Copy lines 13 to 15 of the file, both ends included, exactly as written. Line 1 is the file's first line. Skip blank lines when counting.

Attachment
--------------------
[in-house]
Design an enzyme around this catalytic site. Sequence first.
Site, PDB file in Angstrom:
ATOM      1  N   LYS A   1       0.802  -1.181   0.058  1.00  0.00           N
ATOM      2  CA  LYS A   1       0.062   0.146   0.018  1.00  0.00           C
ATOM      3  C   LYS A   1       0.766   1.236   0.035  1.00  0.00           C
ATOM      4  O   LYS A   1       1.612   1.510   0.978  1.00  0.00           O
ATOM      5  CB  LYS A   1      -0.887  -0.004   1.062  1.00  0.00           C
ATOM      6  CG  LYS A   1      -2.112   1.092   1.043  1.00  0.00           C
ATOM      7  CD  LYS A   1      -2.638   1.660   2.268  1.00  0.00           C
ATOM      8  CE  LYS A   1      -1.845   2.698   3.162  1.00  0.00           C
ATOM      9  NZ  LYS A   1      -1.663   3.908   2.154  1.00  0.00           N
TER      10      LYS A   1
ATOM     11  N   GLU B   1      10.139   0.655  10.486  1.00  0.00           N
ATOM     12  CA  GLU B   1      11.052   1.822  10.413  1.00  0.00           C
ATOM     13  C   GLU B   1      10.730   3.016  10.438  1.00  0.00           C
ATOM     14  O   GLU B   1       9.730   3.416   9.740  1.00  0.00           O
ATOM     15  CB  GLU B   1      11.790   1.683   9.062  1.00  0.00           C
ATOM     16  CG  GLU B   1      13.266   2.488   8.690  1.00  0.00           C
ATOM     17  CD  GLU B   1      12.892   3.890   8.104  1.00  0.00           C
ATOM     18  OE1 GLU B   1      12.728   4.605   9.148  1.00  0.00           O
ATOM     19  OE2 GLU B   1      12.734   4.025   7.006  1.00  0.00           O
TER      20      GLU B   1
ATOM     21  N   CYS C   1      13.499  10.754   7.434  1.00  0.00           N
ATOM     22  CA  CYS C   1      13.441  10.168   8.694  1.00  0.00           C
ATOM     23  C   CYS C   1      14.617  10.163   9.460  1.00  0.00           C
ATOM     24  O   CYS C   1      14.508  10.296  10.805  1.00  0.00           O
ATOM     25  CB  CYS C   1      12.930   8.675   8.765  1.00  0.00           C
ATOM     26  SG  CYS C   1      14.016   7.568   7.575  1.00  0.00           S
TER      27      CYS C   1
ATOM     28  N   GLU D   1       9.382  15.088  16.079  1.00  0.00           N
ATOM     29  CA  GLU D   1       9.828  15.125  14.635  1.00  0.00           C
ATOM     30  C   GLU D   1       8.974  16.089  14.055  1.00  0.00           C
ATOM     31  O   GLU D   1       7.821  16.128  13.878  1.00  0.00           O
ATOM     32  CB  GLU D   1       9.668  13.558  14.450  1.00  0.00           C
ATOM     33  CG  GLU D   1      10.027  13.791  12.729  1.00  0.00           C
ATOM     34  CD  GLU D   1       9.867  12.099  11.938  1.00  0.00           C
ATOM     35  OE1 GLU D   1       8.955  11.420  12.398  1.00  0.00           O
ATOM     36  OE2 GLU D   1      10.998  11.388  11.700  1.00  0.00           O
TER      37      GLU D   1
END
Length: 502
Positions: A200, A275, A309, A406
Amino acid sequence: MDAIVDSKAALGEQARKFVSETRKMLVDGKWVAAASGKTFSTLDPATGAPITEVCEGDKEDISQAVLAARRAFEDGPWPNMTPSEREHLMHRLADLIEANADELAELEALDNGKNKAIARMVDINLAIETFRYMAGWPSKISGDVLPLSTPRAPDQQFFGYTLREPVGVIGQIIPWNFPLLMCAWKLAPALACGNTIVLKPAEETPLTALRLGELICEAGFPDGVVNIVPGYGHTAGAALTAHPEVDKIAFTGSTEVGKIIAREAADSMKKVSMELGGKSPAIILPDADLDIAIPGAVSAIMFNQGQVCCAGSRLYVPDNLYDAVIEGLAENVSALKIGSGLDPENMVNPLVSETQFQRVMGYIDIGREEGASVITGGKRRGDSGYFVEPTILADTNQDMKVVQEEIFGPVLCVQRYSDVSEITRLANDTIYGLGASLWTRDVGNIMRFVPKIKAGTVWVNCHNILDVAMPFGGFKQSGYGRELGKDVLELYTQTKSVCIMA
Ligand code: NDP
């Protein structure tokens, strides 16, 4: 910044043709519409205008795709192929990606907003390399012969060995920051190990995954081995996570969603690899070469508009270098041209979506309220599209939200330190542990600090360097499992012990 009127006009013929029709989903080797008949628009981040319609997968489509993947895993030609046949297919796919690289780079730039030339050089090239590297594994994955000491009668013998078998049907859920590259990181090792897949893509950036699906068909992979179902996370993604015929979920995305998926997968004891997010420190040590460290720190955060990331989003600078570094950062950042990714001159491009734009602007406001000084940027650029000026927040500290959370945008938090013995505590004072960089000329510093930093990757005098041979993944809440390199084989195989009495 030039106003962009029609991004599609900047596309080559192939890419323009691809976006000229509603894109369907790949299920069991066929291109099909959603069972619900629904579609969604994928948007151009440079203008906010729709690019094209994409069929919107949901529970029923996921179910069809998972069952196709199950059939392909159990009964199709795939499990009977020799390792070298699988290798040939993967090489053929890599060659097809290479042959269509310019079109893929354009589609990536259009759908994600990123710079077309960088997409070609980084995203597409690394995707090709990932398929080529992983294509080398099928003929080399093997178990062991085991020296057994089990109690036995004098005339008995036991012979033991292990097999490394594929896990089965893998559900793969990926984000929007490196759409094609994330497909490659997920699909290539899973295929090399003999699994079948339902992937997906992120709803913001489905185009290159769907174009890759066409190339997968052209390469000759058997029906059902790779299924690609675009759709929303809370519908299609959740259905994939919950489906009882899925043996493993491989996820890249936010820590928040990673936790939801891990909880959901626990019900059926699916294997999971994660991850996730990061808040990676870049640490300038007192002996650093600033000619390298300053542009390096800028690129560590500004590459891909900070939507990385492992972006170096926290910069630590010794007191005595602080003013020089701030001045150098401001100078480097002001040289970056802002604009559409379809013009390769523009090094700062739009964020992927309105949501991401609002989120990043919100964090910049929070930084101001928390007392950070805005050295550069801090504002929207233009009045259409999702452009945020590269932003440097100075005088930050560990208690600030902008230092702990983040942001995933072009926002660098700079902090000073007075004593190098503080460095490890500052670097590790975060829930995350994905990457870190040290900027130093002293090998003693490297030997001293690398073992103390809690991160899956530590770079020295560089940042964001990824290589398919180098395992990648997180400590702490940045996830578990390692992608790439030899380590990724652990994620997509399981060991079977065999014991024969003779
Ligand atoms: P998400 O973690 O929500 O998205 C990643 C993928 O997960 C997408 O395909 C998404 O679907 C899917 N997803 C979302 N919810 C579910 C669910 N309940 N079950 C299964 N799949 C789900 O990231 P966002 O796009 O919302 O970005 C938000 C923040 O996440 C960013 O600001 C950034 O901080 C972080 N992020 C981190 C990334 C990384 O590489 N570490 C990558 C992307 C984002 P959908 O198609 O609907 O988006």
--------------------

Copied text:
TER      10      LYS A   1
ATOM     11  N   GLU B   1      10.139   0.655  10.486  1.00  0.00           N
ATOM     12  CA  GLU B   1      11.052   1.822  10.413  1.00  0.00           C